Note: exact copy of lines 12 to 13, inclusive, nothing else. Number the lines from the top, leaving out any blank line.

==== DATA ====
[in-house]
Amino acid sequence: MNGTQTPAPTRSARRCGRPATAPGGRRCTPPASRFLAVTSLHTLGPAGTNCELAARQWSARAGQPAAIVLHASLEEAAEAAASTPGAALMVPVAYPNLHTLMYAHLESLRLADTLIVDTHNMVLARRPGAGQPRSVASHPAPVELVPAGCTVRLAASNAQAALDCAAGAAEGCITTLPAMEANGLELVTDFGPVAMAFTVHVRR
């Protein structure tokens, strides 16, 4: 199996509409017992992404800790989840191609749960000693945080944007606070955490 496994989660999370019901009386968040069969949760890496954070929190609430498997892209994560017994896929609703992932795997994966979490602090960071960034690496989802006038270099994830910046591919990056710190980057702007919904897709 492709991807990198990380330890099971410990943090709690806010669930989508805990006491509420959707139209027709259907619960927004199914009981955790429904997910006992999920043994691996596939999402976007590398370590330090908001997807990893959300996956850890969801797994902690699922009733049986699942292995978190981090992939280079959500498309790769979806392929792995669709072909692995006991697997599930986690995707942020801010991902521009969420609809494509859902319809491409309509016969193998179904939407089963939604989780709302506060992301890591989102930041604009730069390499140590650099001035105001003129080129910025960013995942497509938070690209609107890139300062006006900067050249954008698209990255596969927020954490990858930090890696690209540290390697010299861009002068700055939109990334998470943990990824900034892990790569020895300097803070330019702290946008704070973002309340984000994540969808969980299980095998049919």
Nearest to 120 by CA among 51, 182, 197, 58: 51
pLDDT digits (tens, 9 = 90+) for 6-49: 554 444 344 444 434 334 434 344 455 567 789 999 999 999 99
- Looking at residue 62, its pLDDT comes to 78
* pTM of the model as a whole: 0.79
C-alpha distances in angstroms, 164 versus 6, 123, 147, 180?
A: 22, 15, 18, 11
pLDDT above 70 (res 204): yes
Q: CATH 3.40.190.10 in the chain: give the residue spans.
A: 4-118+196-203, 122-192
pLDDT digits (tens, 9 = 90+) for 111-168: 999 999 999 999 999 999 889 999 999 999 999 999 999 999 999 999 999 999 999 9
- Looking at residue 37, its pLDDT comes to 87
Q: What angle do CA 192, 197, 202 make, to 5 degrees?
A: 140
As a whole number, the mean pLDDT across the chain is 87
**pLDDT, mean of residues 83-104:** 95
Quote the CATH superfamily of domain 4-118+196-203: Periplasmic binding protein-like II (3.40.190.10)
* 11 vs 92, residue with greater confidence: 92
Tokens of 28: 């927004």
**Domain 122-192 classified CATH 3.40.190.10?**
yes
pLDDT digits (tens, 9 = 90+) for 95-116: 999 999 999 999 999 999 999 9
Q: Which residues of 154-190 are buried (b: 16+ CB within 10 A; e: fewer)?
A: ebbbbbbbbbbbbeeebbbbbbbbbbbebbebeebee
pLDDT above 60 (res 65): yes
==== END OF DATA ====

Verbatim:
A: 4-118+196-203, 122-192
pLDDT digits (tens, 9 = 90+) for 111-168: 999 999 999 999 999 999 889 999 999 999 999 999 999 999 999 999 999 999 999 9